Friday Faceoff – Any planet is ‘Earth’ to those who live on it…


This meme was started by Books by Proxy, whose fabulous idea was to compare UK and US book covers and decide which is we prefer. This week the theme is planets, so I’ve chosen The Empress of Mars by the wonderfully talented Kage Baker.


This is the cover produced by Tor in May 2009. I like this one – the depiction of the half-terraformed planet is vividly portrayed without any undue clutter or blurb, which makes this one very effective.


This Italian edition, produced in October 2007 by Delos Books is more static with the red desert landscape featuring, rather than showing any of the feisty characters that ping off the page. I don’t feel this cover does the book justice, but neither is it an egregious travesty either.


Published in December 2008 by Subterranean Press, this cover is less about the Mars environment and more about the characters. It tends to have a sense of fantasy about it, which isn’t quite right. That said, it is eye-catching and effective and anything that encourages a reader to pick one of Baker’s books off the shelf is to be encouraged.


This cover, produced by in 2003 by Night Shade Books, once again features a Martian landscape. This depiction certainly looks very like a lot of the images we have seen of Mars, especially the pink-tinged sky and rather foreshortened horizon. I particularly like the font on this one. As for my favourite? This week I simply cannot decide. What about you – do you have a preference?

29 responses »

  1. That first one is the best. Can’t quite express it but it’s almost like it’s a signature for science fiction. Actually, I love it.

    • Yes, it’s a great cover isn’t it? For me, while it’s a great cover, it didn’t quite capture the sheer quirkiness of the book – but I realise I am being very picky!

    • It certainly clearly defines the genre and is far more dynamic than any of the other covers. I see what you mean about the second cover, though it hasn’t occurred to me until you mentioned it, Ginni:)

    • Yes… while none of these were terrible – I wasn’t unduly drawn to any of them. But I really LOVE Baker’s writing and I don’t think any of these covers quite measure up to the content.

  2. I think the Tor and Subterranean covers depict what the novel is about. I prefer the Tor one. The other two look like travel guides! Admittedly, guides published by Lonely Planet, so that might have been what they were going for, but I felt they were slightly wide of the mark.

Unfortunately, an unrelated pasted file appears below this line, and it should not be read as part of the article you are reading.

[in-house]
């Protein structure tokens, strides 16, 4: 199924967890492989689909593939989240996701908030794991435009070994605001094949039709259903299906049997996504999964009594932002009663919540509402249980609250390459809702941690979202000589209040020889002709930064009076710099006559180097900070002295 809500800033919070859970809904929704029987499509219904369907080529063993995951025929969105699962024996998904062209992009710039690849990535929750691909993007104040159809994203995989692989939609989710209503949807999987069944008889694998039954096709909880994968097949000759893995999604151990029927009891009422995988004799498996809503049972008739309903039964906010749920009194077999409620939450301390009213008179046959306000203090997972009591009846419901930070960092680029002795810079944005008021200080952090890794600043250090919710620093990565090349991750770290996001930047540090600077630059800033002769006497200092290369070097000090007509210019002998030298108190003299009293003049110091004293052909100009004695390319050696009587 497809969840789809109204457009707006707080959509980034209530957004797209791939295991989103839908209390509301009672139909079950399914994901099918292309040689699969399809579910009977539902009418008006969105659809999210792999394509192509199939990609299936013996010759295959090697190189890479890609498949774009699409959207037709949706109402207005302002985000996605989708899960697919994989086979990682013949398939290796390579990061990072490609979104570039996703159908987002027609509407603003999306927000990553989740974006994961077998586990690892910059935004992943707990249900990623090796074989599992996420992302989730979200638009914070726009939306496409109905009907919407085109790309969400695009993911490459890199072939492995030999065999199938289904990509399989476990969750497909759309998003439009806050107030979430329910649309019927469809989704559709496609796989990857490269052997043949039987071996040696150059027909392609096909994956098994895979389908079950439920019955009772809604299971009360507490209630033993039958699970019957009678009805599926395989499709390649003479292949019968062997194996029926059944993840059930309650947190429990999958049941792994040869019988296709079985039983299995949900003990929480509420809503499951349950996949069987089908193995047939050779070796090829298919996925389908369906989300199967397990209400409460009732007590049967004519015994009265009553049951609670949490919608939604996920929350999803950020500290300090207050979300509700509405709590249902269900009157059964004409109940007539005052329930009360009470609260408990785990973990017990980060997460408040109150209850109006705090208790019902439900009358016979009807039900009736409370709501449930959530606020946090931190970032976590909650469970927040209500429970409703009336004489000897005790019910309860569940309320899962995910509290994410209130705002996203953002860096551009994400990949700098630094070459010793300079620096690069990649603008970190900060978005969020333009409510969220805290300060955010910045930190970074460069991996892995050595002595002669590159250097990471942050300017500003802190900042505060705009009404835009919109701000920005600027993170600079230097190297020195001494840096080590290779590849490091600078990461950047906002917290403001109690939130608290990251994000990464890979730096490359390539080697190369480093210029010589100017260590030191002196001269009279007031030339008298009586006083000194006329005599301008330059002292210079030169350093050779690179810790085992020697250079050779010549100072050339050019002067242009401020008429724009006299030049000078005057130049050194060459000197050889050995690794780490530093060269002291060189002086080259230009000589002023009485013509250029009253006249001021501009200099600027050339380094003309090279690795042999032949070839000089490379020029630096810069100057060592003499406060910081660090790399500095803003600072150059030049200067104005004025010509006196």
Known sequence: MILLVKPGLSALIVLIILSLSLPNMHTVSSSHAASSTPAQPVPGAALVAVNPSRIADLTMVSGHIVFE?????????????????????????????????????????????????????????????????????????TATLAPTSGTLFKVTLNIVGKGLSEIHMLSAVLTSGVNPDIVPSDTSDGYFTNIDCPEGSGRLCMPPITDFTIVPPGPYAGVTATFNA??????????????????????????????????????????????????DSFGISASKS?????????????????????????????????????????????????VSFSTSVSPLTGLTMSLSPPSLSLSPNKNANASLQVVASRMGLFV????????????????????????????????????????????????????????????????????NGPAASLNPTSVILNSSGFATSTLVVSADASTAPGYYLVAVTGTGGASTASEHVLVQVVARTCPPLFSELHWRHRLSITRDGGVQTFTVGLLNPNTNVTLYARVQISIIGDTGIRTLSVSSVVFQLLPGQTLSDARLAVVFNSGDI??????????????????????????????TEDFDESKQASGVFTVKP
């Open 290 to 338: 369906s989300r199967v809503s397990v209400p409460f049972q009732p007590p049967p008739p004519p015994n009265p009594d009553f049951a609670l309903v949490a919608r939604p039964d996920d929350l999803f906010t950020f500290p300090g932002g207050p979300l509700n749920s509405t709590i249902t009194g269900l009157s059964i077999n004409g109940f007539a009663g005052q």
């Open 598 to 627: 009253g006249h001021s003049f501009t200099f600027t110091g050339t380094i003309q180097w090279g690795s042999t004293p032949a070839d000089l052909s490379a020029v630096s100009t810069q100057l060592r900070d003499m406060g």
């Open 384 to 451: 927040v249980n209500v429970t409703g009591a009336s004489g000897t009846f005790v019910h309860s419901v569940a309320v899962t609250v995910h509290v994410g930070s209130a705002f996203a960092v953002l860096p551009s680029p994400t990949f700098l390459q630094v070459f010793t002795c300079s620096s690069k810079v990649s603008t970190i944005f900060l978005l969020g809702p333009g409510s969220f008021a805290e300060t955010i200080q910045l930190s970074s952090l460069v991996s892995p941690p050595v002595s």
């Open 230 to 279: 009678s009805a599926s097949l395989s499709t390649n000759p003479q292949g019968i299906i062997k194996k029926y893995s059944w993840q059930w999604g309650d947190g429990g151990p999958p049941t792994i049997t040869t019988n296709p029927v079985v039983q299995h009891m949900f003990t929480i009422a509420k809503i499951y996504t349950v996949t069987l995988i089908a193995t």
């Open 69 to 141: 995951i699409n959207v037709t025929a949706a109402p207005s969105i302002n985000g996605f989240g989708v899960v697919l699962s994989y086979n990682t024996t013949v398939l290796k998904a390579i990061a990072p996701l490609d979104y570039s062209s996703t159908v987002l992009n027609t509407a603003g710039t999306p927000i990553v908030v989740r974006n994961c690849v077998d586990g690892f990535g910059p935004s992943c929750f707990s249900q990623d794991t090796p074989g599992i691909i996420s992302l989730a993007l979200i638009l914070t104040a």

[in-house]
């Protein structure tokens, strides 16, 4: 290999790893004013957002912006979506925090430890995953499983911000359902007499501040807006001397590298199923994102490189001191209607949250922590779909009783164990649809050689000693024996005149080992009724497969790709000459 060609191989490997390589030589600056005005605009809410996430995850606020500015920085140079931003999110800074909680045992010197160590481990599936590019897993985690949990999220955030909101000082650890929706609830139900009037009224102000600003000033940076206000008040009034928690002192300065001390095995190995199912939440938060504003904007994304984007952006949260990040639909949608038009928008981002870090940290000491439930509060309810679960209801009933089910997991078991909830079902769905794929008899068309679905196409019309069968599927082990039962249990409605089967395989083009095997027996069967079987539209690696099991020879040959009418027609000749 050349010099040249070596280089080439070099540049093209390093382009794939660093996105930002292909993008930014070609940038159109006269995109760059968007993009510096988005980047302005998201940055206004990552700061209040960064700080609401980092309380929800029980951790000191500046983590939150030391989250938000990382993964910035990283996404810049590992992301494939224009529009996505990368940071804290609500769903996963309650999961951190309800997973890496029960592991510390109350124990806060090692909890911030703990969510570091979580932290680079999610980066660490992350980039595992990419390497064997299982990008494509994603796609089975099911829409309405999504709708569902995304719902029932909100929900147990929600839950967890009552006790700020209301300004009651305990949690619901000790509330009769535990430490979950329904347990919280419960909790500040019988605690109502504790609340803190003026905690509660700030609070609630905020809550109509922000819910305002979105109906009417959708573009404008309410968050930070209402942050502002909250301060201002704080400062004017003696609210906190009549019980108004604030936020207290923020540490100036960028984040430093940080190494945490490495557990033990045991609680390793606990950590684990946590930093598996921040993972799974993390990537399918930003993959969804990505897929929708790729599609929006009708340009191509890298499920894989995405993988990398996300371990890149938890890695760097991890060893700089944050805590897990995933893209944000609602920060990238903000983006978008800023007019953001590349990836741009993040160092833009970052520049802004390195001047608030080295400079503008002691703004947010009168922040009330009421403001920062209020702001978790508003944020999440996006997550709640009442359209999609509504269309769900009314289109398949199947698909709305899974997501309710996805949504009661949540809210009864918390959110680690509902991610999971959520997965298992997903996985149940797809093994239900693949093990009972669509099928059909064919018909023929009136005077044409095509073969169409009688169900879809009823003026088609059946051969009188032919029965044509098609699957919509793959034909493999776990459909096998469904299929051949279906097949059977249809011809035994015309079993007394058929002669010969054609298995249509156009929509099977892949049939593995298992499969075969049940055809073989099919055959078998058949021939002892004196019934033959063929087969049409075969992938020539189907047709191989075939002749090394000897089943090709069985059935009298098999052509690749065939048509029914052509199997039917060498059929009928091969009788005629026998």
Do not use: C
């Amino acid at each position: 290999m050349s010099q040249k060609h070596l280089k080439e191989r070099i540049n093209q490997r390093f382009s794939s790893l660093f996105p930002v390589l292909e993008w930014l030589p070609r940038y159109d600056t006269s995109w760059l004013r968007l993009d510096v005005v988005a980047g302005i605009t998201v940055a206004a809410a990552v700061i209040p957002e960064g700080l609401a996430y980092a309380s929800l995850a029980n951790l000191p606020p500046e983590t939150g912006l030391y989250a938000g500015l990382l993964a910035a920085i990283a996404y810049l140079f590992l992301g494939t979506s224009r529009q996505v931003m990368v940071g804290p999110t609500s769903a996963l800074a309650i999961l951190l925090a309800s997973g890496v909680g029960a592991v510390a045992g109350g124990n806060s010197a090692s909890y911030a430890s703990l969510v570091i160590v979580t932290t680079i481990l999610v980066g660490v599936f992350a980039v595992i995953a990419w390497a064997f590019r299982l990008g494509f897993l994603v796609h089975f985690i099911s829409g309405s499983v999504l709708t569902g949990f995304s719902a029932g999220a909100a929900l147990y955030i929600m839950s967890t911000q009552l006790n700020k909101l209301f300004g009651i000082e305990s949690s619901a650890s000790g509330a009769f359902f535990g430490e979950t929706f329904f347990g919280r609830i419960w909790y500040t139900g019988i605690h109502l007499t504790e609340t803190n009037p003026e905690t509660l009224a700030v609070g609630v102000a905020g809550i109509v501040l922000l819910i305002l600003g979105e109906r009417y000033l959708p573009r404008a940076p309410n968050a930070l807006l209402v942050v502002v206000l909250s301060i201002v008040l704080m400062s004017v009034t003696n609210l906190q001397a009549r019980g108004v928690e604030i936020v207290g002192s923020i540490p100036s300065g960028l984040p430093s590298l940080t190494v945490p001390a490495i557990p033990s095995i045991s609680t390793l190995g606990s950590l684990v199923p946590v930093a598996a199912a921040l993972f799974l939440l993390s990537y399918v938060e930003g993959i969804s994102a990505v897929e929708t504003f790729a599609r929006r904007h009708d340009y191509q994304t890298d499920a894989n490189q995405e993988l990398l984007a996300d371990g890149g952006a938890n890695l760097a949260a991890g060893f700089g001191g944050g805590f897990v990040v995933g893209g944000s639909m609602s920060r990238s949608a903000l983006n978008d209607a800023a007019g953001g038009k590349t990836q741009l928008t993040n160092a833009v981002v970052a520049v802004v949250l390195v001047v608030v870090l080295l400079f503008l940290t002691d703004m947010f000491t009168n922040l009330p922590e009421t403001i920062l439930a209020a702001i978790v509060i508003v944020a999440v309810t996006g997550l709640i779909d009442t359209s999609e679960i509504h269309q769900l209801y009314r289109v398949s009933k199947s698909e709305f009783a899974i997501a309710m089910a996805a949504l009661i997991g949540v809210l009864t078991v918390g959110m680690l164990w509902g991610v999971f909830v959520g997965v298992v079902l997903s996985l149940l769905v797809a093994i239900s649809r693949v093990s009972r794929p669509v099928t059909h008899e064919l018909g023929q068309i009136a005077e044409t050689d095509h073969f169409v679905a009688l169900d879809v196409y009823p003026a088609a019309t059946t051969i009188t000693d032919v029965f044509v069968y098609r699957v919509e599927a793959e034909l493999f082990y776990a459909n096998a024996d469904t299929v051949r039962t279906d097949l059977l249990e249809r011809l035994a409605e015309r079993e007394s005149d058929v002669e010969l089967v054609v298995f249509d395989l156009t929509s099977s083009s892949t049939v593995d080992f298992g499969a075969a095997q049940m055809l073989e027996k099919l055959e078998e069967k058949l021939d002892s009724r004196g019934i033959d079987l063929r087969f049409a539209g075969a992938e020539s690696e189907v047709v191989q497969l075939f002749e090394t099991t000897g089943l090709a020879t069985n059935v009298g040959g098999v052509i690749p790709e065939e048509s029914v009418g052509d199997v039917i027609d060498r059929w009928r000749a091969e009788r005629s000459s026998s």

• Yes – I think you have a point there, Simone. It hadn’t occurred to me – but I see what you mean about the travel guide feel about the second and fourth covers:)

  3. Definitely the Tor one. It’s vivid and very sci-fi without being garish. And I agree wtih Dog Days – the second and fourth ones look more like travel guide covers than the covers of a novel.

    • Yes – I think it is probably the best of the bunch. I hadn’t thought about the travel guide aspect of the other two until Dog Days and Ginni mentioned it.

    • Absolutely not! We are discussing book covers, not judging visitors by their choices:)). If you prefer the last cover, that’s fine by me. As it happens, it is one of the reasons why I couldn’t make up my mind – it was between that one and the first one…

      • Yeah, the first one’s good too. Moderate, but still suggests some action, I guess? The deciding quality should be the actual contents of the book, which I’m not qualified to judge on, cause I haven’t read it 😀

    • I don’t know all that much about that side of things – one or two artists I’ve met from the good old days pre-computer design said they always read the book. These days, I’m not so sure – even books with clearly a fair amount of cash behind them have covers that simply don’t reflect the content.

    • These days, I’m not sure if there’s time. It is now far more pressured as it is largely computer-generated artwork and as publishers are increasingly squeezed, in fairness – I think artists rely on synopses and input from the publisher’s marketing department and with the smaller indie publishers, the writer’s input is also required. I know I have been asked what I would like to see on the cover of my upcoming novel with Grimbold.

  4. what curious covers this week! It’s like nothing feels *perfect* about the covers. I do love the illustrations on the first one–it feels imaginative without going overboard, as I think the third one did. but the font on the first one is sooooo dull. If you take the font from the fourth and put it on the first, THEN I think the cover would be awesome! It’s just so strange the 2nd and 4th go with a sort of stock Mars footage, the third went for a more campy approach (in my opinion), and the first knew how to balance imagination, color, and style, but apparently had only a default font to work with. Gah!

    • You’re spot on, Jean. None of them are terrible – but none of them really are spot on, either. Which is why I ended up sitting on the fence this week:). Thank you for your insight, my friend!

    • I have ceased to be surprised at the poor quality of some covers – and there is undoubtedly times when cover design in general is better than others. But at least there are a bunch of good ones out there:).

      • Indeed. And speaking about covers, good and bad, helps to spread awareness, especially among the indie authors. 🙂

Leave a Reply

Fill in your details below or click an icon to log in: Logo

You are commenting using your account. Log Out /  Change )

Facebook photo

You are commenting using your Facebook account. Log Out /  Change )

Connecting to %s

This site uses Akismet to reduce spam. Learn how your comment data is processed.